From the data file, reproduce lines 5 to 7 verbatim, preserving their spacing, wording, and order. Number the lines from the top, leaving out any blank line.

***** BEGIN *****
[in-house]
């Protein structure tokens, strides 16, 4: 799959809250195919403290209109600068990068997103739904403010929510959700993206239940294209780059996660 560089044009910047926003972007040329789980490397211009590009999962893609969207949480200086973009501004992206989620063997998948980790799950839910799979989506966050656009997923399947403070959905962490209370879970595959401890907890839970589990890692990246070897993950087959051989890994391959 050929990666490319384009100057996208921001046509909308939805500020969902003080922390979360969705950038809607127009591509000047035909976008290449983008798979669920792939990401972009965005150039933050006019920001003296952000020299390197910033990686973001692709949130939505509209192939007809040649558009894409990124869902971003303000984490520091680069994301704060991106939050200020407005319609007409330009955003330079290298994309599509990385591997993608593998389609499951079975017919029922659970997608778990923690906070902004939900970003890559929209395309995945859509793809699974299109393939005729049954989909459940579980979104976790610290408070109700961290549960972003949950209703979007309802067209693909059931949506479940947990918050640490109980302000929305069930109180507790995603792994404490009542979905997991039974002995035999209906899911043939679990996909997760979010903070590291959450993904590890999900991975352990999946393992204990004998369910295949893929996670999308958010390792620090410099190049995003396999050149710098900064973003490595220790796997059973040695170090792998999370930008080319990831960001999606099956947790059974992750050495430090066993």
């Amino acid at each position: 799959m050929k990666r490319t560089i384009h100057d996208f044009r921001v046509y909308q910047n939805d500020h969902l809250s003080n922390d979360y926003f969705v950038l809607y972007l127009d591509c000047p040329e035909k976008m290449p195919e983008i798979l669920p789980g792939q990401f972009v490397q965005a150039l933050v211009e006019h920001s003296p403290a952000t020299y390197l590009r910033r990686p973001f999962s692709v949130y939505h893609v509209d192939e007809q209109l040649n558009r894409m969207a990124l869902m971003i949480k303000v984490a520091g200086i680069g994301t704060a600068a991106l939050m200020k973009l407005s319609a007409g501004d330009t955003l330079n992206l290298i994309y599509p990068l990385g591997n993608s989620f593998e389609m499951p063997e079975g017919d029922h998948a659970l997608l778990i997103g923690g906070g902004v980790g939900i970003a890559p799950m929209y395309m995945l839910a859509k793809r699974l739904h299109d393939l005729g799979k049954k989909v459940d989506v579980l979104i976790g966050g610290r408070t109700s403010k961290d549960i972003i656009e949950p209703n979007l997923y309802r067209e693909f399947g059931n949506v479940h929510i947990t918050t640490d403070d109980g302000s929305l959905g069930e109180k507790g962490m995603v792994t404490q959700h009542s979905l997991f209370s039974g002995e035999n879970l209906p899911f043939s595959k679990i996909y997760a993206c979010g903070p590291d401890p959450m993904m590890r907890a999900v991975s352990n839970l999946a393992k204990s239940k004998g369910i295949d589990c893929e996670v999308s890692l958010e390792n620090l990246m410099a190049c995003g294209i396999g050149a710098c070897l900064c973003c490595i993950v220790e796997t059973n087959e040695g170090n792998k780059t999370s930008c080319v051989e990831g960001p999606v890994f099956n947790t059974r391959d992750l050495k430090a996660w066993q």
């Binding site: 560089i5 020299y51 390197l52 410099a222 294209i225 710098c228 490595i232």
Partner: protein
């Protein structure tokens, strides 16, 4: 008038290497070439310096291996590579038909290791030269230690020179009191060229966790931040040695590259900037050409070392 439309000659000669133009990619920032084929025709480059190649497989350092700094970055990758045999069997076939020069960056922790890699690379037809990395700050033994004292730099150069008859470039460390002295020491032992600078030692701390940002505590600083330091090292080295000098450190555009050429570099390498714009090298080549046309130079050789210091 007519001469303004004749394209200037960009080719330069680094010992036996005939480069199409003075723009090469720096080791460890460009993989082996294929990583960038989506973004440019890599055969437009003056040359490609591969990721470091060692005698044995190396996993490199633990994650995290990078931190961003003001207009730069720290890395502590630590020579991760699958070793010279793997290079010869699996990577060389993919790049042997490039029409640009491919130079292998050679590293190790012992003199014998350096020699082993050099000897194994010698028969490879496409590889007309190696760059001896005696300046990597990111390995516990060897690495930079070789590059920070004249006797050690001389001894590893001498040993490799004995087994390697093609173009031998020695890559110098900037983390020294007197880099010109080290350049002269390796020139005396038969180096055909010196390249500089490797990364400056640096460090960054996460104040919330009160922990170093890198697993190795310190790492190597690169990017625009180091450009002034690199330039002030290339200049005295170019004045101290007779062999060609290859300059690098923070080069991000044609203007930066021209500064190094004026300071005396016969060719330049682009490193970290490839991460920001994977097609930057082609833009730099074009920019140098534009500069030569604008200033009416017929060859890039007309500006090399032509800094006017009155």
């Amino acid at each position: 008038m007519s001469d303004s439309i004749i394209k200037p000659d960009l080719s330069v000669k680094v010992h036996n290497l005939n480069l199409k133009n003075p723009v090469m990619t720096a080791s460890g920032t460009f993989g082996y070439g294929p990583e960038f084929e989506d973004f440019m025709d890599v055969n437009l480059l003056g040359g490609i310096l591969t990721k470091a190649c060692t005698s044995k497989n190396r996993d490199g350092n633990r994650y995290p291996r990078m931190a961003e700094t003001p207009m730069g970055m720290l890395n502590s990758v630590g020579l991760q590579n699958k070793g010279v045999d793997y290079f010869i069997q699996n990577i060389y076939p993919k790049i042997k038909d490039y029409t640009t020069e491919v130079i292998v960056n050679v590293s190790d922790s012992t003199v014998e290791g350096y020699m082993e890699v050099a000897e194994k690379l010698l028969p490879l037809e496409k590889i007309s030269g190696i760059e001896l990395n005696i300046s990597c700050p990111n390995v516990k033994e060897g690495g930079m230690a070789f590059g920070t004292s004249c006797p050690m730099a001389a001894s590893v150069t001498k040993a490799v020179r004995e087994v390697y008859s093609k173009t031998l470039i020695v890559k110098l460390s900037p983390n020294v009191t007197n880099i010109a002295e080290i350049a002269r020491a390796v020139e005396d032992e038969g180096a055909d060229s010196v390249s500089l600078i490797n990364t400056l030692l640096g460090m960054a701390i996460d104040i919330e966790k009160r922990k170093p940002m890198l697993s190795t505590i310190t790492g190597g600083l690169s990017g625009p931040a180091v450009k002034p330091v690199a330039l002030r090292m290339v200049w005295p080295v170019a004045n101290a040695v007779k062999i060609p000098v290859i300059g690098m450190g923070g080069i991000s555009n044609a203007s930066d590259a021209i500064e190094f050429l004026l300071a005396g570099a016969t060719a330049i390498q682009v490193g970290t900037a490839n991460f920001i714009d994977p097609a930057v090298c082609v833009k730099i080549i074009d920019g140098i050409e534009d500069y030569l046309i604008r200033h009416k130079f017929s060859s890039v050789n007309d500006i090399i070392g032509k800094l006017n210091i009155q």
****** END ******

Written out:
Partner: protein
């Protein structure tokens, strides 16, 4: 008038290497070439310096291996590579038909290791030269230690020179009191060229966790931040040695590259900037050409070392 439309000659000669133009990619920032084929025709480059190649497989350092700094970055990758045999069997076939020069960056922790890699690379037809990395700050033994004292730099150069008859470039460390002295020491032992600078030692701390940002505590600083330091090292080295000098450190555009050429570099390498714009090298080549046309130079050789210091 007519001469303004004749394209200037960009080719330069680094010992036996005939480069199409003075723009090469720096080791460890460009993989082996294929990583960038989506973004440019890599055969437009003056040359490609591969990721470091060692005698044995190396996993490199633990994650995290990078931190961003003001207009730069720290890395502590630590020579991760699958070793010279793997290079010869699996990577060389993919790049042997490039029409640009491919130079292998050679590293190790012992003199014998350096020699082993050099000897194994010698028969490879496409590889007309190696760059001896005696300046990597990111390995516990060897690495930079070789590059920070004249006797050690001389001894590893001498040993490799004995087994390697093609173009031998020695890559110098900037983390020294007197880099010109080290350049002269390796020139005396038969180096055909010196390249500089490797990364400056640096460090960054996460104040919330009160922990170093890198697993190795310190790492190597690169990017625009180091450009002034690199330039002030290339200049005295170019004045101290007779062999060609290859300059690098923070080069991000044609203007930066021209500064190094004026300071005396016969060719330049682009490193970290490839991460920001994977097609930057082609833009730099074009920019140098534009500069030569604008200033009416017929060859890039007309500006090399032509800094006017009155």
């Amino acid at each position: 008038m007519s001469d303004s439309i004749i394209k200037p000659d960009l080719s330069v000669k680094v010992h036996n290497l005939n480069l199409k133009n003075p723009v090469m990619t720096a080791s460890g920032t460009f993989g082996y070439g294929p990583e960038f084929e989506d973004f440019m025709d890599v055969n437009l480059l003056g040359g490609i310096l591969t990721k470091a190649c060692t005698s044995k497989n190396r996993d490199g350092n633990r994650y995290p291996r990078m931190a961003e700094t003001p207009m730069g970055m720290l890395n502590s990758v630590g020579l991760q590579n699958k070793g010279v045999d793997y290079f010869i069997q699996n990577i060389y076939p993919k790049i042997k038909d490039y029409t640009t020069e491919v130079i292998v960056n050679v590293s190790d922790s012992t003199v014998e290791g350096y020699m082993e890699v050099a000897e194994k690379l010698l028969p490879l037809e496409k590889i007309s030269g190696i760059e001896l990395n005696i300046s990597c700050p990111n390995v516990k033994e060897g690495g930079m230690a070789f590059g920070t004292s004249c006797p050690m730099a001389a001894s590893v150069t001498k040993a490799v020179r004995e087994v390697y008859s093609k173009t031998l470039i020695v890559k110098l460390s900037p983390n020294v009191t007197n880099i010109a002295e080290i350049a002269r020491a390796v020139e005396d032992e038969g180096a055909d060229s010196v390249s500089l600078i490797n990364t400056l030692l640096g460090m960054a701390i996460d104040i919330e966790k009160r922990k170093p940002m890198l697993s190795t505590i310190t790492g190597g600083l690169s990017g625009p931040a180091v450009k002034p330091v690199a330039l002030r090292m290339v200049w005295p080295v170019a004045n101290a040695v007779k062999i060609p000098v290859i300059g690098m450190g923070g080069i991000s555009n044609a203007s930066d590259a021209i500064e190094f050429l004026l300071a005396g570099a016969t060719a330049i390498q682009v490193g970290t900037a490839n991460f920001i714009d994977p097609a930057v090298c082609v833009k730099i080549i074009d920019g140098i050409e534009d500069y030569l046309i604008r200033h009416k130079f017929s060859s890039v050789n007309d500006i090399i070392g032509k800094l006017n210091i009155q």